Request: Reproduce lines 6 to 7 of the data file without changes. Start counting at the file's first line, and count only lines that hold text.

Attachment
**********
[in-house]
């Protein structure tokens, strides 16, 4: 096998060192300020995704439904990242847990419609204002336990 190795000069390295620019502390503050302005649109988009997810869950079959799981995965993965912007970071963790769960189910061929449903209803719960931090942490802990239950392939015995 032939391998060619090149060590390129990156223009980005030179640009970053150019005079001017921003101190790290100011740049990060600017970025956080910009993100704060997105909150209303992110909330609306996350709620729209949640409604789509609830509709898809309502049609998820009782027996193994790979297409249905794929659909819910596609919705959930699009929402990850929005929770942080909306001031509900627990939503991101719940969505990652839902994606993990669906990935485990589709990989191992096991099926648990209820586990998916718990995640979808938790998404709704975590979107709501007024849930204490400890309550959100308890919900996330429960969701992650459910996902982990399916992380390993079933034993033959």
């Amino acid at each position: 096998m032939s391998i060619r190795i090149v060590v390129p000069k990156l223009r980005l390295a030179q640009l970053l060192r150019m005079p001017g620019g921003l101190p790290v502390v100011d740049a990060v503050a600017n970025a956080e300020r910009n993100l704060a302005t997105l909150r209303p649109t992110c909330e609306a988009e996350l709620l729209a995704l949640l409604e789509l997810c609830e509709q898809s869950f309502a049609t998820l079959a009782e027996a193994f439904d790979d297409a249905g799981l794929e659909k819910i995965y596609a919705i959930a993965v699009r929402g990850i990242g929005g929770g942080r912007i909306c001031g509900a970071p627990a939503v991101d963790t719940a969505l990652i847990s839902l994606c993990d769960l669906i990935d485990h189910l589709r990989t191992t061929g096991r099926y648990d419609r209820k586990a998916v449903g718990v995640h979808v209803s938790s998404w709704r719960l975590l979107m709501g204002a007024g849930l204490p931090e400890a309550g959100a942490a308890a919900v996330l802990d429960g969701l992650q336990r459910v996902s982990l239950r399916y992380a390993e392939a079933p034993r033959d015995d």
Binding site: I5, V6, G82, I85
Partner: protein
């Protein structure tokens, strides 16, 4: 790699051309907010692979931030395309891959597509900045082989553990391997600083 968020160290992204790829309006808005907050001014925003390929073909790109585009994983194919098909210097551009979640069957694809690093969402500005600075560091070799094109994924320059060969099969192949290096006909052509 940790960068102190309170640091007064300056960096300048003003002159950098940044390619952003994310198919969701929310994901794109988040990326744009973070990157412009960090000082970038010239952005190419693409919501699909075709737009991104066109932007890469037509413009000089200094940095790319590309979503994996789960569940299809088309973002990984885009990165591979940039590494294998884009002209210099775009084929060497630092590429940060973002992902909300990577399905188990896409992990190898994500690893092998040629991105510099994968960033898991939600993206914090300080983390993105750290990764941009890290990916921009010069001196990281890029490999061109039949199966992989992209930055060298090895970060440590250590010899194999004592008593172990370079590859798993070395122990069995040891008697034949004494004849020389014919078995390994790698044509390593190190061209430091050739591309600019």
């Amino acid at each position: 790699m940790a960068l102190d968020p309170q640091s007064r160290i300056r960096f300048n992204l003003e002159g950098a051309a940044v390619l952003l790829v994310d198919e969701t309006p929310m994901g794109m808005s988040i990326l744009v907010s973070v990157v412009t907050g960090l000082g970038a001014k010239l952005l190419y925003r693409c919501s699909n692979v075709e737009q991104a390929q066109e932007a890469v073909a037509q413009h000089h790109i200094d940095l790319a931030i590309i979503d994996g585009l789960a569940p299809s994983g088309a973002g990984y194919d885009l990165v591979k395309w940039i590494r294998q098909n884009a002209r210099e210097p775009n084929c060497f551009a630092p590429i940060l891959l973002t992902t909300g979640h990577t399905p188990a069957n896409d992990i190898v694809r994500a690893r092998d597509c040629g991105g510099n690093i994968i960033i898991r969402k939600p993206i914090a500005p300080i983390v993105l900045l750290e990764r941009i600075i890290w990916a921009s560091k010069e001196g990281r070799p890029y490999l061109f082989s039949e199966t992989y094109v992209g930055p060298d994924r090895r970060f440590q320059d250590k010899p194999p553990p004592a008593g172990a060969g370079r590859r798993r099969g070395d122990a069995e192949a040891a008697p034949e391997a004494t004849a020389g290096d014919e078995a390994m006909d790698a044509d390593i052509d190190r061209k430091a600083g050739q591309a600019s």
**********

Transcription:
């Protein structure tokens, strides 16, 4: 790699051309907010692979931030395309891959597509900045082989553990391997600083 968020160290992204790829309006808005907050001014925003390929073909790109585009994983194919098909210097551009979640069957694809690093969402500005600075560091070799094109994924320059060969099969192949290096006909052509 940790960068102190309170640091007064300056960096300048003003002159950098940044390619952003994310198919969701929310994901794109988040990326744009973070990157412009960090000082970038010239952005190419693409919501699909075709737009991104066109932007890469037509413009000089200094940095790319590309979503994996789960569940299809088309973002990984885009990165591979940039590494294998884009002209210099775009084929060497630092590429940060973002992902909300990577399905188990896409992990190898994500690893092998040629991105510099994968960033898991939600993206914090300080983390993105750290990764941009890290990916921009010069001196990281890029490999061109039949199966992989992209930055060298090895970060440590250590010899194999004592008593172990370079590859798993070395122990069995040891008697034949004494004849020389014919078995390994790698044509390593190190061209430091050739591309600019």
């Amino acid at each position: 790699m940790a960068l102190d968020p309170q640091s007064r160290i300056r960096f300048n992204l003003e002159g950098a051309a940044v390619l952003l790829v994310d198919e969701t309006p929310m994901g794109m808005s988040i990326l744009v907010s973070v990157v412009t907050g960090l000082g970038a001014k010239l952005l190419y925003r693409c919501s699909n692979v075709e737009q991104a390929q066109e932007a890469v073909a037509q413009h000089h790109i200094d940095l790319a931030i590309i979503d994996g585009l789960a569940p299809s994983g088309a973002g990984y194919d885009l990165v591979k395309w940039i590494r294998q098909n884009a002209r210099e210097p775009n084929c060497f551009a630092p590429i940060l891959l973002t992902t909300g979640h990577t399905p188990a069957n896409d992990i190898v694809r994500a690893r092998d597509c040629g991105g510099n690093i994968i960033i898991r969402k939600p993206i914090a500005p300080i983390v993105l900045l750290e990764r941009i600075i890290w990916a921009s560091k010069e001196g990281r070799p890029y490999l061109f082989s039949e199966t992989y094109v992209g930055p060298d994924r090895r970060f440590q320059d250590k010899p194999p553990p004592a008593g172990a060969g370079r590859r798993r099969g070395d122990a069995e192949a040891a008697p034949e391997a004494t004849a020389g290096d014919e078995a390994m006909d790698a044509d390593i052509d190190r061209k430091a600083g050739q591309a600019s």